• 78. Migration to SAP HANA – Tools and the Project Chapter 2 Run a backup Start production work Installing and upgrading Please read SAP Note 2157996, which includes an Excel-based installation/upgrade checklist; it will help you verify the important topics for preparing the installation and upgrading it to SAPS/4HANA. The checklist focuses on specific aspects, conditions, and prerequisites for the SAPS/4HANA Finance backend installation. Customers already using SAP HANA should update their SAP HANA database to SAP ERP 6.0 EHP7 or higher versions, and SAP HANA SPS 7 (or higher versions), to allow for migration to SAPS/4HANA Finance. If the required minimum SAP HANA update is planned, check whether it's reflected in the project execution plan. Similarly, verify whether the implementation team has sufficient experience or equivalent support to install, configure, and run an SAP ERP EHP upgrade and installation. The installation of SAP S/4HANA Finance requires SAP ERP 6.0 systems to be updated to EHP7 or higher versions. The stack calculation (using the maintenance optimizer) for the installation of SAP S/4HANA Finance automatically takes this into consideration. Software update manager The software update manager (SUM) helps you perform release upgrades, install enhancement packages, apply service packages, and update single components on SAP NetWeaver. The SUM checks the current version of the system, analyzes the required components, imports the necessary programs and add-ons, and finally installs all the components that are divided into a number of roadmap steps, which, in turn, are further subdivided into a sequence of phases for monitoring purposes. The SUM is the main tool used to convert your system to SAPS/4HANA Finance. If your source system isn't yet running on an SAP HANA database, use the database migration option (DMO) of the SUM to migrate your database to SAP HANA during the conversion. With SUM and DMO, you can run the upgrade to SAP ERP 6.0 EHP 7 or a higher version, the database migration to SAP HANA, and the installation of SAPS/4HANA Finance in a single step. If SAPS/4HANA Finance is installed using the SUM with DMO, and the source database isn't SAP HANA, a specific uncritical error message will occur in the MAIN_SHDRUN/ACT_UPG phase. [60 ]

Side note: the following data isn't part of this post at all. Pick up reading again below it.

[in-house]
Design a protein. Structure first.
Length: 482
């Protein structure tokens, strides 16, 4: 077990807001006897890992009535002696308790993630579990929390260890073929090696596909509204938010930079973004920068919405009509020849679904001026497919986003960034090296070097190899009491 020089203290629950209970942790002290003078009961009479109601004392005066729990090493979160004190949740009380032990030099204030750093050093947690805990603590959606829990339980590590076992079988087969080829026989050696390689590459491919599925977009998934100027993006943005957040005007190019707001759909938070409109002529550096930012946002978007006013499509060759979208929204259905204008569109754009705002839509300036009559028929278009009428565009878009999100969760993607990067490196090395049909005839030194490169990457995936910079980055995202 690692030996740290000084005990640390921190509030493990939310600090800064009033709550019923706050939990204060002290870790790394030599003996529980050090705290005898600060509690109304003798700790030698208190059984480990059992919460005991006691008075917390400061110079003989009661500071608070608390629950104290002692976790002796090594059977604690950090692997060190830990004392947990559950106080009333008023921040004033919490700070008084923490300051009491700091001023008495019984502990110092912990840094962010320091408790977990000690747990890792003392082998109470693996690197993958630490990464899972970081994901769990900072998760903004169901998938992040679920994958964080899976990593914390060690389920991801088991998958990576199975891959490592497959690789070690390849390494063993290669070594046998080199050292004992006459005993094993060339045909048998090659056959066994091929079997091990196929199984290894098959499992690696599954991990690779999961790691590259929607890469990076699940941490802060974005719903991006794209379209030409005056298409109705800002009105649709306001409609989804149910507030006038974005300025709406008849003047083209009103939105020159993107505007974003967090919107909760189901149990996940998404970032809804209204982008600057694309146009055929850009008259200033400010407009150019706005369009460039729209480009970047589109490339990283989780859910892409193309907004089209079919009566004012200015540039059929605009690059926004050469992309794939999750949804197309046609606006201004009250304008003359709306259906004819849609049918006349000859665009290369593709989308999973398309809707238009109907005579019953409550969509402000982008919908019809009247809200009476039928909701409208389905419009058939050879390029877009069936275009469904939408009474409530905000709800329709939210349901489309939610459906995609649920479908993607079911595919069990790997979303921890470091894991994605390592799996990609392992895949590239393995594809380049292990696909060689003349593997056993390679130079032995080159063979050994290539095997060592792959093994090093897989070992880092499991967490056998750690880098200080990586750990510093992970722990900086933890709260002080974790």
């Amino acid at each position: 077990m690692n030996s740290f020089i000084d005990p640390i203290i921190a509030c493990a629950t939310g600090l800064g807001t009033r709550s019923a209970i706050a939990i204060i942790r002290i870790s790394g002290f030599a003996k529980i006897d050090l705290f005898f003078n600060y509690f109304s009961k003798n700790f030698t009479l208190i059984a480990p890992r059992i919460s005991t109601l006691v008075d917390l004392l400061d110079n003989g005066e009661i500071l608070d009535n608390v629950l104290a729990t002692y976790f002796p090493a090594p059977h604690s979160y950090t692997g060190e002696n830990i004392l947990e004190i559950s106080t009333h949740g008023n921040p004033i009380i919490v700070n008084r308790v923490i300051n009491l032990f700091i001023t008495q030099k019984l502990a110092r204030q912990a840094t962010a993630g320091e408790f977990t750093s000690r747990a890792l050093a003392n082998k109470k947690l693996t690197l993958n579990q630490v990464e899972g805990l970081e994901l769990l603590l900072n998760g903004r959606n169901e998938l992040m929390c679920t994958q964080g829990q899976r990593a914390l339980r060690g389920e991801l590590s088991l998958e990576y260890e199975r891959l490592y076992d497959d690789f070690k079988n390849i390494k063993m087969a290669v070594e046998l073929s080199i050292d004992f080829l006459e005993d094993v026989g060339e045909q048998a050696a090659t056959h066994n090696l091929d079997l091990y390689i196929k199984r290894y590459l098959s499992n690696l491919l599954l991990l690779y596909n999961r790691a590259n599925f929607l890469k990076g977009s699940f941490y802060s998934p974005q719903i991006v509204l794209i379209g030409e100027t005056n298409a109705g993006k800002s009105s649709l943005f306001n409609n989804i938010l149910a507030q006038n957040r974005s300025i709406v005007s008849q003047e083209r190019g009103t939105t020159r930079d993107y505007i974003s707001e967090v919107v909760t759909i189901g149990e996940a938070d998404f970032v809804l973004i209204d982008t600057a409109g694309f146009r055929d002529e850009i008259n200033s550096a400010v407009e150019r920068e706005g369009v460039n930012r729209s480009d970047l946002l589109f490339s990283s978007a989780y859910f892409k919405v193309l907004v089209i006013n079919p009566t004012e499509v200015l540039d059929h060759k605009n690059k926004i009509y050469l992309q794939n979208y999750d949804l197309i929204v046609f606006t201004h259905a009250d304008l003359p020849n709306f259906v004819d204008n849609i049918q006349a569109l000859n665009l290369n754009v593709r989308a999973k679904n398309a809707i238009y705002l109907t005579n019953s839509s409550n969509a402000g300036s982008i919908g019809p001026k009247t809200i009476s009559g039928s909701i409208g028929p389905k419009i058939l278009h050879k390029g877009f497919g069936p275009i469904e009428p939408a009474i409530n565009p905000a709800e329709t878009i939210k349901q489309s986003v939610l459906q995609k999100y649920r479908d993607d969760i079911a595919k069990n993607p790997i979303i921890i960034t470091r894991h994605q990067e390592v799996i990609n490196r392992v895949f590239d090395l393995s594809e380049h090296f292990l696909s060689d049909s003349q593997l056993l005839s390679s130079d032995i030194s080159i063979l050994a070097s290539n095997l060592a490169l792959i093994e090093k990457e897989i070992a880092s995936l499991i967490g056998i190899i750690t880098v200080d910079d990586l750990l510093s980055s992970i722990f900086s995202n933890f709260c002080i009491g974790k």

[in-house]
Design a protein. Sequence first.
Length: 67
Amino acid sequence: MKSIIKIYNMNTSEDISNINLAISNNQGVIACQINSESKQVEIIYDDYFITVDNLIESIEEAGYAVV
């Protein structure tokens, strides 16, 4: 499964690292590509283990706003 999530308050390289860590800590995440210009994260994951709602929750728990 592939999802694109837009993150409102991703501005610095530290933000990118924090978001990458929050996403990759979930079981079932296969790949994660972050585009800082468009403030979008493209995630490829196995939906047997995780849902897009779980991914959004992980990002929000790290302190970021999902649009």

• 79. Migration to SAP HANA – Tools and the Project Chapter 2 Summary So, now that we have completed this chapter, we have a fair understanding of migration processes, tools, services, and types, and we can relax. It is imperative that you recap all of these; however, you don't need to remember them by heart. Try the following questions and move on to the next chapter, as now we are gaining a detailed understanding of SAP S/4HANA topics. Questions What is a homogeneous system copy? What is a heterogeneous system copy? What is a Migration Check service? What can be the consequences of a system copy? What are the key SAP migration tools? What do we mean by the export and import of system copies? 1. 2. 3. 4. 5. 6. [61 ]
  • 80. 3 SAP S/4HANA – Deployment Options Now that we have gained an understanding of SAP HANA, migration to HANA, and S/4HANA, we will get into the details of the deployment options. This chapter will focus on the available deployment options and discuss about each of the options available in detail. In this chapter, we will look into the following topics: Cloud deployment On Premise deployment Hybrid deployment What is deployment? With the emerging trend of increased data volume and with more ease of end customers, companies have to deploy various systems in their landscapes, not just one enterprise resource planning (ERP) tool. An ERP is the central location and hosts more of the data, however, for managing customers companies use several CRM systems, for managing employees companies use HR systems; for expenses management and, similarly, for purchases and alot of other business areas, like planning, incident management, vendor management, and more, various systems related to those areas are used. All these systems generally talk to each other from a technical standpoint in order to manage businesses and have continuous dataflows. All these systems are hosted somewhere. This is known as deployment, that is, where the data space is allocated to you. Up until now, most systems have been hosted in the client's own space and clients have been responsible for managing and maintaining those systems.